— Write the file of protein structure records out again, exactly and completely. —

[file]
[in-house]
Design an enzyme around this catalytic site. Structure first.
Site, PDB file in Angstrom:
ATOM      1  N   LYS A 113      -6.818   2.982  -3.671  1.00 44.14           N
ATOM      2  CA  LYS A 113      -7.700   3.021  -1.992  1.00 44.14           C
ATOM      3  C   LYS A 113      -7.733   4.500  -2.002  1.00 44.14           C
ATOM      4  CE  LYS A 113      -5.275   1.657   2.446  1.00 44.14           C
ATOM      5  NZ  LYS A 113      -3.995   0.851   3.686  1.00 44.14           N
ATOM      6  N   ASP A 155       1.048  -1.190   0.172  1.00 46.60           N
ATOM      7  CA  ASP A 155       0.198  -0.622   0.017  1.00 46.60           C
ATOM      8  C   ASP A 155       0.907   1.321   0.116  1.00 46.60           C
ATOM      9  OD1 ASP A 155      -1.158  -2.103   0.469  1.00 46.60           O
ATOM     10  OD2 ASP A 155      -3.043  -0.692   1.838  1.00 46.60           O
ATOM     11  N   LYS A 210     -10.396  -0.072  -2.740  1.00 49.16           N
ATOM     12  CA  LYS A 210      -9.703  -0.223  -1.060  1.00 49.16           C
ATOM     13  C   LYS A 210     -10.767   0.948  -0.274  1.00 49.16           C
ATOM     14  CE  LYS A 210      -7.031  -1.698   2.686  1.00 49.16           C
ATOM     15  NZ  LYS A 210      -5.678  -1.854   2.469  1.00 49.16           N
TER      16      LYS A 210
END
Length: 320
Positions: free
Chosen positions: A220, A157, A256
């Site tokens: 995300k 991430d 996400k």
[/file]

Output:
[in-house]
Design an enzyme around this catalytic site. Structure first.
Site, PDB file in Angstrom:
ATOM      1  N   LYS A 113      -6.818   2.982  -3.671  1.00 44.14           N
ATOM      2  CA  LYS A 113      -7.700   3.021  -1.992  1.00 44.14           C
ATOM      3  C   LYS A 113      -7.733   4.500  -2.002  1.00 44.14           C
ATOM      4  CE  LYS A 113      -5.275   1.657   2.446  1.00 44.14           C
ATOM      5  NZ  LYS A 113      -3.995   0.851   3.686  1.00 44.14           N
ATOM      6  N   ASP A 155       1.048  -1.190   0.172  1.00 46.60           N
ATOM      7  CA  ASP A 155       0.198  -0.622   0.017  1.00 46.60           C
ATOM      8  C   ASP A 155       0.907   1.321   0.116  1.00 46.60           C
ATOM      9  OD1 ASP A 155      -1.158  -2.103   0.469  1.00 46.60           O
ATOM     10  OD2 ASP A 155      -3.043  -0.692   1.838  1.00 46.60           O
ATOM     11  N   LYS A 210     -10.396  -0.072  -2.740  1.00 49.16           N
ATOM     12  CA  LYS A 210      -9.703  -0.223  -1.060  1.00 49.16           C
ATOM     13  C   LYS A 210     -10.767   0.948  -0.274  1.00 49.16           C
ATOM     14  CE  LYS A 210      -7.031  -1.698   2.686  1.00 49.16           C
ATOM     15  NZ  LYS A 210      -5.678  -1.854   2.469  1.00 49.16           N
TER      16      LYS A 210
END
Length: 320
Positions: free
Chosen positions: A220, A157, A256
């Site tokens: 995300k 991430d 996400k």